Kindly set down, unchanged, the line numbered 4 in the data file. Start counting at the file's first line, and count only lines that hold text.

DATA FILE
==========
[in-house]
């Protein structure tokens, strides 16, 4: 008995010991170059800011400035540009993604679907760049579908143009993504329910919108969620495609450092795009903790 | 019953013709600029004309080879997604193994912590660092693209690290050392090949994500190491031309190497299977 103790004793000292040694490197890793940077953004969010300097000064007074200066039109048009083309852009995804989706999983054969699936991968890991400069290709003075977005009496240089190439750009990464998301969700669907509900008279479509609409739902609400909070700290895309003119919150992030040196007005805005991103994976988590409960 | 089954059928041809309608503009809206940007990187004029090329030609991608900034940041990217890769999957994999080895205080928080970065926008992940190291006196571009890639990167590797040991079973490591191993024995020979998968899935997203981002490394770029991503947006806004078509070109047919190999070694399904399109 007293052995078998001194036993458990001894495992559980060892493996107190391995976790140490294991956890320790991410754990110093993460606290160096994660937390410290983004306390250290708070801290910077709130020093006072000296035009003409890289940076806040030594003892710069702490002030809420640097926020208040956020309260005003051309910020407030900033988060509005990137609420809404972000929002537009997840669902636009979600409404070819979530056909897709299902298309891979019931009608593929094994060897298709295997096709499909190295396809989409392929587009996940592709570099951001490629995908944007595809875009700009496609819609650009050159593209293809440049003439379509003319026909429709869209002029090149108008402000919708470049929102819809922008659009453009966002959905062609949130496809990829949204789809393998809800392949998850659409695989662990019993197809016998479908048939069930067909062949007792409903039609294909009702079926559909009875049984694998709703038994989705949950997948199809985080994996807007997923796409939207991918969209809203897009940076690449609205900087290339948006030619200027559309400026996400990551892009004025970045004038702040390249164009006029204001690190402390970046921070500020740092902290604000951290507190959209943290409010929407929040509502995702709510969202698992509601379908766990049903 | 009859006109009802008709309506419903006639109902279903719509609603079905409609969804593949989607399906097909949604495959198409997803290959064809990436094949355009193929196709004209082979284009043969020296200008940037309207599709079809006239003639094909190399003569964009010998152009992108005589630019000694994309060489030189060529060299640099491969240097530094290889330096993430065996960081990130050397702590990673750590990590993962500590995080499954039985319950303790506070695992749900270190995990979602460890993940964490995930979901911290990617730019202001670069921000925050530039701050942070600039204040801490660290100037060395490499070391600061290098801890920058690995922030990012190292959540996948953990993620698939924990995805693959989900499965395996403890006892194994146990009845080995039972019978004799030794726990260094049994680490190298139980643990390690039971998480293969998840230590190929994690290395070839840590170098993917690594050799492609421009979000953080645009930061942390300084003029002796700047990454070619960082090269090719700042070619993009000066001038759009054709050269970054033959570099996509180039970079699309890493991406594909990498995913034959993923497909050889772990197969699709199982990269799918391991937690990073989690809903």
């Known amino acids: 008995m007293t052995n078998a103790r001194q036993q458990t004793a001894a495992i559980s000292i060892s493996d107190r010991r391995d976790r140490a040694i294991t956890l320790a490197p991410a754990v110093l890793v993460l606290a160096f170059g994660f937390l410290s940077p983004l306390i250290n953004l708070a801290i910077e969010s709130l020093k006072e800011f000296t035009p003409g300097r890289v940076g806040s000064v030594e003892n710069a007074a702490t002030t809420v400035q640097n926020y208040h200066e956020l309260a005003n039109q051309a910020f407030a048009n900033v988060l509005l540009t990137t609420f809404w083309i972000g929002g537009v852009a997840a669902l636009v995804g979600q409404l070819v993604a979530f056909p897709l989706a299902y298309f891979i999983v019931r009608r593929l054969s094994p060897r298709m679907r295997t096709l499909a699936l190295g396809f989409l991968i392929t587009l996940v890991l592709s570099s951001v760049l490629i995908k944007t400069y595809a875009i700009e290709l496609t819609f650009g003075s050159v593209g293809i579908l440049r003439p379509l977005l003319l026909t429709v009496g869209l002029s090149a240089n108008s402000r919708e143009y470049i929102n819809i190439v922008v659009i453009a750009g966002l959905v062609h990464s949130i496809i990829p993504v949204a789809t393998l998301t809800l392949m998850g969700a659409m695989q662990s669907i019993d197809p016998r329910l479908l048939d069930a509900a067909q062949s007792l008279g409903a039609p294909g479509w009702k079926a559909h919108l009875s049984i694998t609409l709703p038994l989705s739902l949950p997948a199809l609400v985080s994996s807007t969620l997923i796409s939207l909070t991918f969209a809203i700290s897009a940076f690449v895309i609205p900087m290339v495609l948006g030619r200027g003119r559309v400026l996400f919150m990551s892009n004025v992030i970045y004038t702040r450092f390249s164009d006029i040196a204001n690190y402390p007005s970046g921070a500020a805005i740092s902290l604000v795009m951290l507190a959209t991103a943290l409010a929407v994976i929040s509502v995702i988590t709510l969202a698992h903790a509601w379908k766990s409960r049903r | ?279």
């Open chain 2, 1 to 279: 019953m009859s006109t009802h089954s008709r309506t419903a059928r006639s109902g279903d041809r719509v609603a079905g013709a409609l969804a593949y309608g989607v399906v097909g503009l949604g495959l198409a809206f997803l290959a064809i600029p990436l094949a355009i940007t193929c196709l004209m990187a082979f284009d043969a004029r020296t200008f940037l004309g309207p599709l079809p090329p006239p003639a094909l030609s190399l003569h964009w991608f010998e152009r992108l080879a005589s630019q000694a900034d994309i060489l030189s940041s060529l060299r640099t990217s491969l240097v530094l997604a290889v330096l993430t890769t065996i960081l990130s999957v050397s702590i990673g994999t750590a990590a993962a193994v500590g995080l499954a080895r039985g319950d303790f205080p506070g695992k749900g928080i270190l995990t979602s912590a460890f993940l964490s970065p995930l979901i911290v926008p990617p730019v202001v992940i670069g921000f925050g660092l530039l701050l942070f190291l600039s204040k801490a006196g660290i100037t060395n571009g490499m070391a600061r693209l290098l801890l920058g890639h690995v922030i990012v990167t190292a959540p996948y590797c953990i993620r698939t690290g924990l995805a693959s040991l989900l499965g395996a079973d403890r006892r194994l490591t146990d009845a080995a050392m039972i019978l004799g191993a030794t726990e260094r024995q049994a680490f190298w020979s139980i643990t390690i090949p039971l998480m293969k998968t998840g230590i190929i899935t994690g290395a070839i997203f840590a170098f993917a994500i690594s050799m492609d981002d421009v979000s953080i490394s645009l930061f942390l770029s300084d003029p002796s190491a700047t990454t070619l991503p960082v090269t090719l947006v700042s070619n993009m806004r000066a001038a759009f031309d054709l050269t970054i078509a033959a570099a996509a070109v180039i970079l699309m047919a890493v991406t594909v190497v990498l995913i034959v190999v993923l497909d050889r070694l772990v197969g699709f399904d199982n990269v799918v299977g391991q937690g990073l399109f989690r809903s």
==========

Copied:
């Open chain 2, 1 to 279: 019953m009859s006109t009802h089954s008709r309506t419903a059928r006639s109902g279903d041809r719509v609603a079905g013709a409609l969804a593949y309608g989607v399906v097909g503009l949604g495959l198409a809206f997803l290959a064809i600029p990436l094949a355009i940007t193929c196709l004209m990187a082979f284009d043969a004029r020296t200008f940037l004309g309207p599709l079809p090329p006239p003639a094909l030609s190399l003569h964009w991608f010998e152009r992108l080879a005589s630019q000694a900034d994309i060489l030189s940041s060529l060299r640099t990217s491969l240097v530094l997604a290889v330096l993430t890769t065996i960081l990130s999957v050397s702590i990673g994999t750590a990590a993962a193994v500590g995080l499954a080895r039985g319950d303790f205080p506070g695992k749900g928080i270190l995990t979602s912590a460890f993940l964490s970065p995930l979901i911290v926008p990617p730019v202001v992940i670069g921000f925050g660092l530039l701050l942070f190291l600039s204040k801490a006196g660290i100037t060395n571009g490499m070391a600061r693209l290098l801890l920058g890639h690995v922030i990012v990167t190292a959540p996948y590797c953990i993620r698939t690290g924990l995805a693959s040991l989900l499965g395996a079973d403890r006892r194994l490591t146990d009845a080995a050392m039972i019978l004799g191993a030794t726990e260094r024995q049994a680490f190298w020979s139980i643990t390690i090949p039971l998480m293969k998968t998840g230590i190929i899935t994690g290395a070839i997203f840590a170098f993917a994500i690594s050799m492609d981002d421009v979000s953080i490394s645009l930061f942390l770029s300084d003029p002796s190491a700047t990454t070619l991503p960082v090269t090719l947006v700042s070619n993009m806004r000066a001038a759009f031309d054709l050269t970054i078509a033959a570099a996509a070109v180039i970079l699309m047919a890493v991406t594909v190497v990498l995913i034959v190999v993923l497909d050889r070694l772990v197969g699709f399904d199982n990269v799918v299977g391991q937690g990073l399109f989690r809903s």